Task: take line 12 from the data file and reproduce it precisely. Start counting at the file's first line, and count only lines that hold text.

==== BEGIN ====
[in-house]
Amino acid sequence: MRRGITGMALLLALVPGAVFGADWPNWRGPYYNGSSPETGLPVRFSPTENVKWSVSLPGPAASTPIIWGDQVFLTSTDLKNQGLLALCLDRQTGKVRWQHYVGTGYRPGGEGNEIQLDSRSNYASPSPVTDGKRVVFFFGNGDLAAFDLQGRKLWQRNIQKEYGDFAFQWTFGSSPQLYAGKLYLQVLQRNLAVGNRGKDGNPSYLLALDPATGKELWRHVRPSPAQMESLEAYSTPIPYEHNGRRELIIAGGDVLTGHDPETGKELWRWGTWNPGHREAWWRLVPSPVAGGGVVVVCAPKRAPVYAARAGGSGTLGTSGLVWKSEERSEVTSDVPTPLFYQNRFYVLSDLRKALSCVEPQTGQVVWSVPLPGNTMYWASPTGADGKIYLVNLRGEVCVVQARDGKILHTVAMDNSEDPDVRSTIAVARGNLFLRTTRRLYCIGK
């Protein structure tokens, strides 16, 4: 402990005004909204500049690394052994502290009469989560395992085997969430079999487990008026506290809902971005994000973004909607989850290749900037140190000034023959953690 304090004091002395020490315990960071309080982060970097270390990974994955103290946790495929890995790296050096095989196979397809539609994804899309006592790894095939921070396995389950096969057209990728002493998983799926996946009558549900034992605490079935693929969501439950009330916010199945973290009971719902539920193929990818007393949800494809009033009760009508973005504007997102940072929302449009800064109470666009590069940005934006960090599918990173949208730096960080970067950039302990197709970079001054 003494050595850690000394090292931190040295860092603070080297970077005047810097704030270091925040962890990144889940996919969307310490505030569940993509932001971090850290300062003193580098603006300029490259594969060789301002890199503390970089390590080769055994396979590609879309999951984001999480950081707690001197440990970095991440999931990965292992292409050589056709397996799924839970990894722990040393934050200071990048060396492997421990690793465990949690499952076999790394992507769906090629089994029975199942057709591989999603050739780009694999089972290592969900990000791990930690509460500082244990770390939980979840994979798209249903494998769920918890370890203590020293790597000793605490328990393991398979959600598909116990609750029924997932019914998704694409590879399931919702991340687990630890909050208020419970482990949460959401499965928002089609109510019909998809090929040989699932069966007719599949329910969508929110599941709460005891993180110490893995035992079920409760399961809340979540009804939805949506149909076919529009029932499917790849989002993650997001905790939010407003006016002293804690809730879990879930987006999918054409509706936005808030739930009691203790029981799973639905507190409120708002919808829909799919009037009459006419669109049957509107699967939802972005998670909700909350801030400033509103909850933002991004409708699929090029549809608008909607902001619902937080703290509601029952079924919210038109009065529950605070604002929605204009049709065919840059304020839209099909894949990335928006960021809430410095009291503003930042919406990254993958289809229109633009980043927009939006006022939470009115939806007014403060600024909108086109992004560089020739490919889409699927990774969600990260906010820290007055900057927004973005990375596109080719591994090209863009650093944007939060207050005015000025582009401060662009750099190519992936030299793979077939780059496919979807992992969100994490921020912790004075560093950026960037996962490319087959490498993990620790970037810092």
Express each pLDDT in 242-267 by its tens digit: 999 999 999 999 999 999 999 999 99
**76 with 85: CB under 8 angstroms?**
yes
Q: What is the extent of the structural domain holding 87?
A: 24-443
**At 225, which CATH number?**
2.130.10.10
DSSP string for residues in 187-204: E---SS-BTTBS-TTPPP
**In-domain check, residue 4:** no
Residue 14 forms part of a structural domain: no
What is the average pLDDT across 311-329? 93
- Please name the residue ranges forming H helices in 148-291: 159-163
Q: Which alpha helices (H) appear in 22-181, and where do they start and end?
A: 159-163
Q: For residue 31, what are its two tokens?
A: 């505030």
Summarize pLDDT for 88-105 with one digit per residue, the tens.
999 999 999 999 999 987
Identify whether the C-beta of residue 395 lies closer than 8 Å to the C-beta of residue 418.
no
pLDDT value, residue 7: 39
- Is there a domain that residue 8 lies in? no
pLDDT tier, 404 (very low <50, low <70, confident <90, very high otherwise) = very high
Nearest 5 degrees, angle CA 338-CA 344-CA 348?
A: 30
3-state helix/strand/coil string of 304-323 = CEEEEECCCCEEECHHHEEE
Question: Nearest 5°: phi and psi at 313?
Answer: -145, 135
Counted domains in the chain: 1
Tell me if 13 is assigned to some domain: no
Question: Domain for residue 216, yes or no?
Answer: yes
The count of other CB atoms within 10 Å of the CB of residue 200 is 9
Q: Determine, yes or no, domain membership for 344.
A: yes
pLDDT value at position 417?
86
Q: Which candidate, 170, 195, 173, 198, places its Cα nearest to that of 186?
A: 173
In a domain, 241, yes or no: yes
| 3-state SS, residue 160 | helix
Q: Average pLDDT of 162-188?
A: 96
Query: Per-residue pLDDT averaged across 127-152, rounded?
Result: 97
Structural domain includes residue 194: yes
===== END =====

**In-domain check, residue 4:** no